Getting Restless: Rethinking Revision in Writing Instruction
- Journal of Advanced Composition
In Getting Restless, Nancy Welch calls for a reconception of what we mean by "revision," urging compositionists to rethink long-held beliefs about teacher-student relations and writing practices. Drawing primarily on feminist and psychoanalytic theories, she considers how revision can be redefined not as a process of increasing orientations toward a particular thesis or discourse community, but instead as a process of disorientation: an act of getting restless with received meanings, familiar relationships, and disciplinary or generic boundaries--a practice of intervening in the meanings and identifications of one's text and one's life.
Using ethnographic, case-study, and autobiographical research methods, Welch maintains two consistent aims throughout the study:
In achieving these ends Welch examines three academic sites: a campus writing center, undergraduate writing classrooms, and a summer workshop for K-12 teachers.
This book will appeal to a wide audience, including classroom and writing center teachers, historians and theorists in composition and rhetoric, feminist theorists, and those engaged in literacy studies, teacher education, and connections/tensions among teaching, writing, and psychoanalysis.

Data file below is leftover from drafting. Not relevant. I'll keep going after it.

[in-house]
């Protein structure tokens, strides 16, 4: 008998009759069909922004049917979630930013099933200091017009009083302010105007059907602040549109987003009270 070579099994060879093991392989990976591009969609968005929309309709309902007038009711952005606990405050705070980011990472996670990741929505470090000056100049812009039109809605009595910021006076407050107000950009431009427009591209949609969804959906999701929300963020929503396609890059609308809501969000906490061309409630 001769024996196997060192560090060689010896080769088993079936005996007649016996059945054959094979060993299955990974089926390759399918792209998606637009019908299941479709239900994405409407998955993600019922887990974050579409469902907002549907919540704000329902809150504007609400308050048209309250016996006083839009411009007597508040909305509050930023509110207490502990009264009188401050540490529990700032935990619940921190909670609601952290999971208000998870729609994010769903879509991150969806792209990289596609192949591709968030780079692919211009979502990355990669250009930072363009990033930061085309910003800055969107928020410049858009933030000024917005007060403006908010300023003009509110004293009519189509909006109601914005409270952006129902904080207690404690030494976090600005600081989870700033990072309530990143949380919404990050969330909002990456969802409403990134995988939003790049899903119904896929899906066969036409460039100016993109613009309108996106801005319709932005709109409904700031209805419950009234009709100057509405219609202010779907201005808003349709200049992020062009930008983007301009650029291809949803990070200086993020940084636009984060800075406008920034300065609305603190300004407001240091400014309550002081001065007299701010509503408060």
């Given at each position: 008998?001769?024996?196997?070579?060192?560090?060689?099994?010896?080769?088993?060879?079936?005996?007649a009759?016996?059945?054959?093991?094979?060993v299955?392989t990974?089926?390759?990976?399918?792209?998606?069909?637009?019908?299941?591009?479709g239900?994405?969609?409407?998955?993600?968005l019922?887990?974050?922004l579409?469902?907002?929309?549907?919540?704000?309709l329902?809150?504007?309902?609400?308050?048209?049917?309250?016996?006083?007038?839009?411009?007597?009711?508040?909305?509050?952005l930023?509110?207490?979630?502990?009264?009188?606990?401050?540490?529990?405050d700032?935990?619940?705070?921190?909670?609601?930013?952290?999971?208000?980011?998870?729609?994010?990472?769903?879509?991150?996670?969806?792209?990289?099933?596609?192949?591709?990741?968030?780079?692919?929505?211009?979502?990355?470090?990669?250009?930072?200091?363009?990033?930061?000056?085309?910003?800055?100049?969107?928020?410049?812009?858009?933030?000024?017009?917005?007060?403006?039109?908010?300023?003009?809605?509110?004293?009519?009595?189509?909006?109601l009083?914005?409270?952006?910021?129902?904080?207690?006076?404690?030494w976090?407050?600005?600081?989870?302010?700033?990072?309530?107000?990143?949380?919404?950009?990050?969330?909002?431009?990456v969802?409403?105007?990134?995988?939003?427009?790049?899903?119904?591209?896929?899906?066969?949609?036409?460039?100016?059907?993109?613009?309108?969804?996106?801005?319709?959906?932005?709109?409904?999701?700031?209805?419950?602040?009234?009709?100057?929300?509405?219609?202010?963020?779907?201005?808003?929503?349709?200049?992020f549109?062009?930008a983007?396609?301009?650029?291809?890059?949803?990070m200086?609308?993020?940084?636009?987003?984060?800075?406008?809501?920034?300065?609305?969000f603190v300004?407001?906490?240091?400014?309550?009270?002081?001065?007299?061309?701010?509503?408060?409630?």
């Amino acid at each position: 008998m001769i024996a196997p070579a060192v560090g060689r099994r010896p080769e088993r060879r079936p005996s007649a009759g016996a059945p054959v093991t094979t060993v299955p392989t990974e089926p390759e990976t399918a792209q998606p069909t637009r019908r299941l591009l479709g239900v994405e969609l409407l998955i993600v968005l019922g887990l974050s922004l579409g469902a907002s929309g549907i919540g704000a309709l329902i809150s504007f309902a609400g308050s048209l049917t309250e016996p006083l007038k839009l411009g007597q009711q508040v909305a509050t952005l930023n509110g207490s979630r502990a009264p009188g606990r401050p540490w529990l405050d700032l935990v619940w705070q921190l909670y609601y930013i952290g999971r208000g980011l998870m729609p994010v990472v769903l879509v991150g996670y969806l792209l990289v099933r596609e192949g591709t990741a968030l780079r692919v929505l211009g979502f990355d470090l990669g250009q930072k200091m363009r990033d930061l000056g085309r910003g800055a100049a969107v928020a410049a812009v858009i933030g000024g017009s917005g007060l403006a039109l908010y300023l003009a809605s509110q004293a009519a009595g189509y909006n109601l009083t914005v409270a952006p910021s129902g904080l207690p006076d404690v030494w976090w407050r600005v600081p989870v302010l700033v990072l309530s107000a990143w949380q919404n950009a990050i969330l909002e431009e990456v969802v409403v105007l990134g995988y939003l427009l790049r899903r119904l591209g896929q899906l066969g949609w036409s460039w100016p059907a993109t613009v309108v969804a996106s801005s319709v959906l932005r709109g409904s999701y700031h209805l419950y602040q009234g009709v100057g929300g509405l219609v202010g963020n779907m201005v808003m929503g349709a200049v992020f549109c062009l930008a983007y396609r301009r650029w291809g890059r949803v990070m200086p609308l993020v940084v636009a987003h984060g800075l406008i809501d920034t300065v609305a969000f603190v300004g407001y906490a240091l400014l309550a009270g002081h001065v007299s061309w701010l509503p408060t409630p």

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... whom I work: one with whom I feel aligned, who resists and denounces the "
ugliness" of war, and one from whom I feel alienated, who speaks the be-all-that-
you-can-be discourse of gaining manly independence and maturity through
Novels and novelistic discourse, as Mary Ann Cain (1995) has examined through
the work of Bakhtin, don't serve as "passive ... Instead novels "talk back'" and "
provide a model of inquiry" into the worlds and discourses they re-present (pp.
In contrast, Cynthia Haynes-Burton (1994) argues that students often view the
tutorial as a site for resistant discourse, "a refusal of the classroom and the
dominant framework of meaning it represents" (p. 119). Haynes-Burton pursues
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Rethinking Revision in Writing Instruction
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